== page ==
Cite this article: EFORT Open Rev 2020;5:568-569. DOI: 10.1302/2058-5241.5.200200
Listening to the news one cannot help but ponder the state of the world. Only a few months ago climate change occupied the front pages of all newspapers and stocks were way up. Associations and societies, and not least amongst them EFORT, were busily preparing their annual meetings. Then suddenly thunder and lightning struck our neatly organized affairs: The pandemic! All our plans are changed and to cite the poet Robert Burns: “The best-laid plans of mice and men often go awry”. The virtual world came upon us, years in advance. Today, as I write, the Corona virus and its accompanying COVID-19 are the frontrunners in the media, the second wave is upon us and stocks are going down. COVID-19 assails everyone regardless of race, creed or status. Needless to say that the needy and the frail are the hardest hit and to cite Orwell, some are “more equal than others”. Nature has come back with a jolt reminding us of all its might and preeminence, things that we tend to forget so concentrated are we on our anthropocentrism. This virus impacts on all human activities including those in our own musculoskeletal specialty. In our hospitals elective surgery takes the back seat to allow for treatment of COVID-19-affected patients. The supply chains of medications, instruments and implants are obstructed. Travel is hindered, limiting exchange. Gatherings large and small are cancelled for fear of crowding and for a lack of attendees. The face mask has left the operating room to become a household item. Hopefully, by the time this editorial is published, the measures taken by those who govern and by each individual will have been efficacious to abate the spread.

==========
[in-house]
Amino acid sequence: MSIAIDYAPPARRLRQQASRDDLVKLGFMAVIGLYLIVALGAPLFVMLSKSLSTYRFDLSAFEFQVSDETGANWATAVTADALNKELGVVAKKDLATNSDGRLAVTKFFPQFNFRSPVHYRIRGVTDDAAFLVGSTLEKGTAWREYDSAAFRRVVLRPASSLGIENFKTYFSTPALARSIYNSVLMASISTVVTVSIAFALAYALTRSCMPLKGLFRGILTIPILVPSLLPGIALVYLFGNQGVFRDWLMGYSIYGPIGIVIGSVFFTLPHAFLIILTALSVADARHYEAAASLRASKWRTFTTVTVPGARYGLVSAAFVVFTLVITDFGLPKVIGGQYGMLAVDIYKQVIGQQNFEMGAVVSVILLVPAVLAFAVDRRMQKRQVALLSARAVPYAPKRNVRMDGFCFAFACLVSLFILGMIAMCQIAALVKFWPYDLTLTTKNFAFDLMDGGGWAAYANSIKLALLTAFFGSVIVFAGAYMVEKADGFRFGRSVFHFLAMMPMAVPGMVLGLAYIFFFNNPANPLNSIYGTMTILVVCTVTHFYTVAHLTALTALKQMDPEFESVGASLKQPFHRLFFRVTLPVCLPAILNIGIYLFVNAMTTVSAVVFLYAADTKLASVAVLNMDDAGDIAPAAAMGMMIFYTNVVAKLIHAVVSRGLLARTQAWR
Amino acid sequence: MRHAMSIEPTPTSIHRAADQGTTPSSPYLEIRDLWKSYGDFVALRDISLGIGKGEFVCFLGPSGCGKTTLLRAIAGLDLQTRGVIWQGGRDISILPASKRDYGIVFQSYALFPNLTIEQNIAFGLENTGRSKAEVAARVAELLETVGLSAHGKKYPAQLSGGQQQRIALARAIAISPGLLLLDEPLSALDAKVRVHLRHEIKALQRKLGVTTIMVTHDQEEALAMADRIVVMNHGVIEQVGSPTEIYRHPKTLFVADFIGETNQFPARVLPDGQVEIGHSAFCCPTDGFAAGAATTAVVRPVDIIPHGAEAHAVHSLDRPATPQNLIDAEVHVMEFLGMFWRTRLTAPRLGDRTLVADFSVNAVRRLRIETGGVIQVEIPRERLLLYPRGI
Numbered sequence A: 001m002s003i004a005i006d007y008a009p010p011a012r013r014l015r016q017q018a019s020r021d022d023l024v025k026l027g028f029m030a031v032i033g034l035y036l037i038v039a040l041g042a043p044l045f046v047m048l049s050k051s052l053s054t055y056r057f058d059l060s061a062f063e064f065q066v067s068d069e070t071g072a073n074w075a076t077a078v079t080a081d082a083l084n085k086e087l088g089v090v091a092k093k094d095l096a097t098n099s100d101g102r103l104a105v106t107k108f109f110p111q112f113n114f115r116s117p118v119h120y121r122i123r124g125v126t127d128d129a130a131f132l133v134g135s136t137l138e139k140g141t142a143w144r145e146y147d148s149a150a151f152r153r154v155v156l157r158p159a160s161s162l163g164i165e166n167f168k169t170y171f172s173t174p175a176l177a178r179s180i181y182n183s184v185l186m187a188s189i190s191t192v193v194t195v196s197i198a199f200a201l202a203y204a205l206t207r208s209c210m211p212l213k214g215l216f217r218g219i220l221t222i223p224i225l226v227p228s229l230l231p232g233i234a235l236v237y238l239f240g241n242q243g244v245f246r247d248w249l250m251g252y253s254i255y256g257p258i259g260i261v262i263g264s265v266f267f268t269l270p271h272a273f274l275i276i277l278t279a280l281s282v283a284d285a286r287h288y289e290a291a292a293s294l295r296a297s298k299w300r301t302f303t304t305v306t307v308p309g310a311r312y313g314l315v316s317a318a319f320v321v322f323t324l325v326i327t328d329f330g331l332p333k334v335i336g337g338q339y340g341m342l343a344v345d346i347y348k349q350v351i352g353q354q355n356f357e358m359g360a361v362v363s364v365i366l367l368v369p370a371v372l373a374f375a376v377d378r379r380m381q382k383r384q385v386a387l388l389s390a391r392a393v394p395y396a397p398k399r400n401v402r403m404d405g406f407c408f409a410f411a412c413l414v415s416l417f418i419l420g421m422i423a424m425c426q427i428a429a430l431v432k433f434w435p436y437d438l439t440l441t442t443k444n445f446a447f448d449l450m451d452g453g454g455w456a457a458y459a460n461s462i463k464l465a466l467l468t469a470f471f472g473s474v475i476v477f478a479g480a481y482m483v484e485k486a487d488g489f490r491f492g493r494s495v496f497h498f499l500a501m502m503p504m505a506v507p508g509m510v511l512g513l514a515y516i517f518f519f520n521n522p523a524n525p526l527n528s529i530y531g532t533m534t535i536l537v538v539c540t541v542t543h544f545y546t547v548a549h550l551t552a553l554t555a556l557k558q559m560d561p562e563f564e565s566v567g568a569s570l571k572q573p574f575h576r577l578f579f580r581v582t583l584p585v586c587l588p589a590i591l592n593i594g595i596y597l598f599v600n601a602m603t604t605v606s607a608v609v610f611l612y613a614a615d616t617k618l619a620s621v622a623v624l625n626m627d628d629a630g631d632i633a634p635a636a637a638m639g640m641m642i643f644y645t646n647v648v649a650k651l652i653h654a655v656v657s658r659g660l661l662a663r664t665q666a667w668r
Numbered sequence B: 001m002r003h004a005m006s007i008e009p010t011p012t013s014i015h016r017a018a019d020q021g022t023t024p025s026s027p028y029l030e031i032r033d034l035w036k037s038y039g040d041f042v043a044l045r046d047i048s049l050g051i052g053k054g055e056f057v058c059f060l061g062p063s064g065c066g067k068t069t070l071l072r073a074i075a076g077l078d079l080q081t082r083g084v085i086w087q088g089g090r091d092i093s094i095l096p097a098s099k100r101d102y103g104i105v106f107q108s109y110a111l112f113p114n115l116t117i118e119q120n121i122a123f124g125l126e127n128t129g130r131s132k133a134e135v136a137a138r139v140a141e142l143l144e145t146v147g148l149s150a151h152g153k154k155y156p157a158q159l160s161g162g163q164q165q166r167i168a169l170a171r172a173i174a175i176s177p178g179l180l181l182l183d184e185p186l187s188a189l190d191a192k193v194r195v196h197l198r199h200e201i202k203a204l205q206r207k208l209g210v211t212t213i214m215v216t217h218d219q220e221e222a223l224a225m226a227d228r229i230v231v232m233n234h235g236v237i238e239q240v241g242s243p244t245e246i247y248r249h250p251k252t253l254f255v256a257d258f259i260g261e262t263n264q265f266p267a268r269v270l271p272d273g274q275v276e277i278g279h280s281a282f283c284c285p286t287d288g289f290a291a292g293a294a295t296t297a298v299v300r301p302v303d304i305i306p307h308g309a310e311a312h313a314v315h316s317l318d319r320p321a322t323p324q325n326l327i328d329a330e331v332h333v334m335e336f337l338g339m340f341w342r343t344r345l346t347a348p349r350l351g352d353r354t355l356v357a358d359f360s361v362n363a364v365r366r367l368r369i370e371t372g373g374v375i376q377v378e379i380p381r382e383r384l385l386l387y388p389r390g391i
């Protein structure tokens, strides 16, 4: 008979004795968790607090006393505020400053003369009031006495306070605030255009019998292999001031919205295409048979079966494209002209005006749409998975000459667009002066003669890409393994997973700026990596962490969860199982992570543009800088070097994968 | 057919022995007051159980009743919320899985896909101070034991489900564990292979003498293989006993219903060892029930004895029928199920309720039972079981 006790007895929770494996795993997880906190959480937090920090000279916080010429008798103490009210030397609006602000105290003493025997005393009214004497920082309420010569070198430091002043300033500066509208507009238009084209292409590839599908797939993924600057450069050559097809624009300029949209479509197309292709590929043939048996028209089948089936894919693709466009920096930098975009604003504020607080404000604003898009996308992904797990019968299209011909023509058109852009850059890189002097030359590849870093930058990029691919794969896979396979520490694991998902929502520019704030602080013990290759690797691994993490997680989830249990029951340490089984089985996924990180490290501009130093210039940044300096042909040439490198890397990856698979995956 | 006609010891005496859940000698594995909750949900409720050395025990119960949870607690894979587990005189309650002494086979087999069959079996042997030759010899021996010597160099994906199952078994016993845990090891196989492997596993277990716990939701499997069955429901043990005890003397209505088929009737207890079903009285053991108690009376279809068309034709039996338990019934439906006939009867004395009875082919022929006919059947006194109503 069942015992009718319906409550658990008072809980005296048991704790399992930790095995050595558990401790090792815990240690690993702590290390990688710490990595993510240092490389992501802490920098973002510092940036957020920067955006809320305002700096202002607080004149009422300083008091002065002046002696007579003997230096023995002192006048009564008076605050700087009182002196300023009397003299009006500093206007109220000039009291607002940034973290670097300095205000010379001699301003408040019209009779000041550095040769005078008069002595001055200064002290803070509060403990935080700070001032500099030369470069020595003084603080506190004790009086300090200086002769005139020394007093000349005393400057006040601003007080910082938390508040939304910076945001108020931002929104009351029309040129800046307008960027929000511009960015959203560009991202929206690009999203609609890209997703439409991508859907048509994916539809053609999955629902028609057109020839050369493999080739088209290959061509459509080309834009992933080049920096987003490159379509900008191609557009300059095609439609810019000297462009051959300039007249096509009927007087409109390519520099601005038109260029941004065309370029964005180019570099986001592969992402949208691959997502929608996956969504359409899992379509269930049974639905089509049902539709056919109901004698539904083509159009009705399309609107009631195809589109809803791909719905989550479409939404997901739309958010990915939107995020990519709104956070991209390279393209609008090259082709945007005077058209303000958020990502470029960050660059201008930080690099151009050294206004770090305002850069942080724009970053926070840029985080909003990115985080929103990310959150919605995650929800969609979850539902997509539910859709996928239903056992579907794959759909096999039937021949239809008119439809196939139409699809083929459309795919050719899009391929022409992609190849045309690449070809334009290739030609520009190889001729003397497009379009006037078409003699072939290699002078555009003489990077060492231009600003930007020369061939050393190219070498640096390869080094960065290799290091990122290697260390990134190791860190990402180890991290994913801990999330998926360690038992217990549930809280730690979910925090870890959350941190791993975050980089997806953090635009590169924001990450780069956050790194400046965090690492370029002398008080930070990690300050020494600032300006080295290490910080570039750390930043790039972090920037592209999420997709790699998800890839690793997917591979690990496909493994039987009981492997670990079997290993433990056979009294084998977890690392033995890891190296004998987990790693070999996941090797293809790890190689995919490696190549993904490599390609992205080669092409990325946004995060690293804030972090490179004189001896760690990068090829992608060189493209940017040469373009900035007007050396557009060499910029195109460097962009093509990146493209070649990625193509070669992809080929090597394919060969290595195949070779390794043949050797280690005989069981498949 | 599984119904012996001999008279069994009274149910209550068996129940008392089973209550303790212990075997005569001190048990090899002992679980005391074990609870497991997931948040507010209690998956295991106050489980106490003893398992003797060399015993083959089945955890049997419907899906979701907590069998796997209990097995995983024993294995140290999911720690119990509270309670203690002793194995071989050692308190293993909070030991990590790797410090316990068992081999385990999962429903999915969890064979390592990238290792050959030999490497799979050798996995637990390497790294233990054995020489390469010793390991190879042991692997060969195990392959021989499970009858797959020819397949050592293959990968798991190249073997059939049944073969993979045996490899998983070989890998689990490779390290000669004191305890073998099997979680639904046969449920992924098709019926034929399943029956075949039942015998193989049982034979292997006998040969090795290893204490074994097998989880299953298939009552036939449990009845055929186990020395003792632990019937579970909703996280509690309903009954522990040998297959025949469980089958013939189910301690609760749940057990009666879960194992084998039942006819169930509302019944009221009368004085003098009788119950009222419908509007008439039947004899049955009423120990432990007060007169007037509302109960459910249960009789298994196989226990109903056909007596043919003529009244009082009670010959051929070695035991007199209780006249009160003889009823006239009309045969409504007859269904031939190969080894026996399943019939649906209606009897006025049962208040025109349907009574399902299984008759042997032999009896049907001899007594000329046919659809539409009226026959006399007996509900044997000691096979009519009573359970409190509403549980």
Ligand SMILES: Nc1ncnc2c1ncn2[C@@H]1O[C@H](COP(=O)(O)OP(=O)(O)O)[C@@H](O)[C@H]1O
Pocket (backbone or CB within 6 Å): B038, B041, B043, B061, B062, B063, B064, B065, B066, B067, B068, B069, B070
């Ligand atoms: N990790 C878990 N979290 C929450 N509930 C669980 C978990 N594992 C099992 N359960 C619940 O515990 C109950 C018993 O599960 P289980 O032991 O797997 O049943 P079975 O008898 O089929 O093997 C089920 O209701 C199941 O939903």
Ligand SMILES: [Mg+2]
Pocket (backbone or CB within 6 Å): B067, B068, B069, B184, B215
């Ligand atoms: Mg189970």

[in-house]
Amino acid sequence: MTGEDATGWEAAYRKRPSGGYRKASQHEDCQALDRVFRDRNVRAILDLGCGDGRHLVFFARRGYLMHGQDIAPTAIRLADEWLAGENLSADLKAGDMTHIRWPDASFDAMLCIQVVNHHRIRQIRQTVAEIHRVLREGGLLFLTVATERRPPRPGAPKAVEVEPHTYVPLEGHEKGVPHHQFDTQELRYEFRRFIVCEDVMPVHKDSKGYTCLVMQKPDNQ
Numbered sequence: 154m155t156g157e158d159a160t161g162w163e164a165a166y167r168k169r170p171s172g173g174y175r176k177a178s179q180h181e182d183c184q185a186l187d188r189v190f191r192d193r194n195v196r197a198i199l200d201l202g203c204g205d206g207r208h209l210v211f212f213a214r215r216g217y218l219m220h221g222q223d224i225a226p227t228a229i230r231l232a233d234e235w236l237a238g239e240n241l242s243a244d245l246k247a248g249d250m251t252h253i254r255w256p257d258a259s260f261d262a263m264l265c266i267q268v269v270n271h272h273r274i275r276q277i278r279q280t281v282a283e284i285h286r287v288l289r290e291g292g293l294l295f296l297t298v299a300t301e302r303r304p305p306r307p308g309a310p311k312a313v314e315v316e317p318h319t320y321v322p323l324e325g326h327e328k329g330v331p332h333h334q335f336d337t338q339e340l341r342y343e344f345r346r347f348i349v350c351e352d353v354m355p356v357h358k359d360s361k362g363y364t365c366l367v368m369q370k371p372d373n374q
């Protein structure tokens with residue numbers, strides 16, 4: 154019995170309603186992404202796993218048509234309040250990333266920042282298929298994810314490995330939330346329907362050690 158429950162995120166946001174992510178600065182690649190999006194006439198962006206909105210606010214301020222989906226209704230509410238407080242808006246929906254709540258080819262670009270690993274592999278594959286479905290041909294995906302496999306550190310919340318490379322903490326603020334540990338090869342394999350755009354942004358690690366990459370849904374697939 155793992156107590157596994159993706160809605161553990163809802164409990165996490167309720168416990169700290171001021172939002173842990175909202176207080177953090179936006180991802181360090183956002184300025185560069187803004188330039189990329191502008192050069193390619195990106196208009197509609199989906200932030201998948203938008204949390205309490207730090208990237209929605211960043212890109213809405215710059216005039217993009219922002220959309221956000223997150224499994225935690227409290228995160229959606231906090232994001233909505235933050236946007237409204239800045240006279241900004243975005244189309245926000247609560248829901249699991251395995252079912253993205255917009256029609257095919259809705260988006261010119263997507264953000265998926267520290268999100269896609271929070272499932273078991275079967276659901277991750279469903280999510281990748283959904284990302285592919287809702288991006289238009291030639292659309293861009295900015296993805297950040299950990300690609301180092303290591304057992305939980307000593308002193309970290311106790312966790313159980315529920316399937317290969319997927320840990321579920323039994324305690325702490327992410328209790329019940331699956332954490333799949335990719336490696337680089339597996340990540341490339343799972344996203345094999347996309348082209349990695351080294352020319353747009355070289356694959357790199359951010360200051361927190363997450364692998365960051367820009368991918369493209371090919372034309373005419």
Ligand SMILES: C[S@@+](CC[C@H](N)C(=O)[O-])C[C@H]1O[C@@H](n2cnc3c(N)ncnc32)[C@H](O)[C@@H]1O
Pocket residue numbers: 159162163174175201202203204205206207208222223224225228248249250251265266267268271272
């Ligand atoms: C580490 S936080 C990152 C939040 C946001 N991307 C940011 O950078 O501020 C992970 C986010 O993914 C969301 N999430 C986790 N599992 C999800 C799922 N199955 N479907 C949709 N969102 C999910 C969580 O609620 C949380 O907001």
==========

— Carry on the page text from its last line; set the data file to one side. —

Our orthopaedic specialty has become completely imbricated in globalization and has largely benefitted from the interaction of surgical and scientific activities all around the world. This is especially true for our Journal with its high-quality reviews from all continents. An author’s work from Asia will be analysed by a reviewer in South America and the paper will be accepted for publication in Europe. Globalization has become part of our way of life and is taken for granted although the pandemic has shown us some of its limits.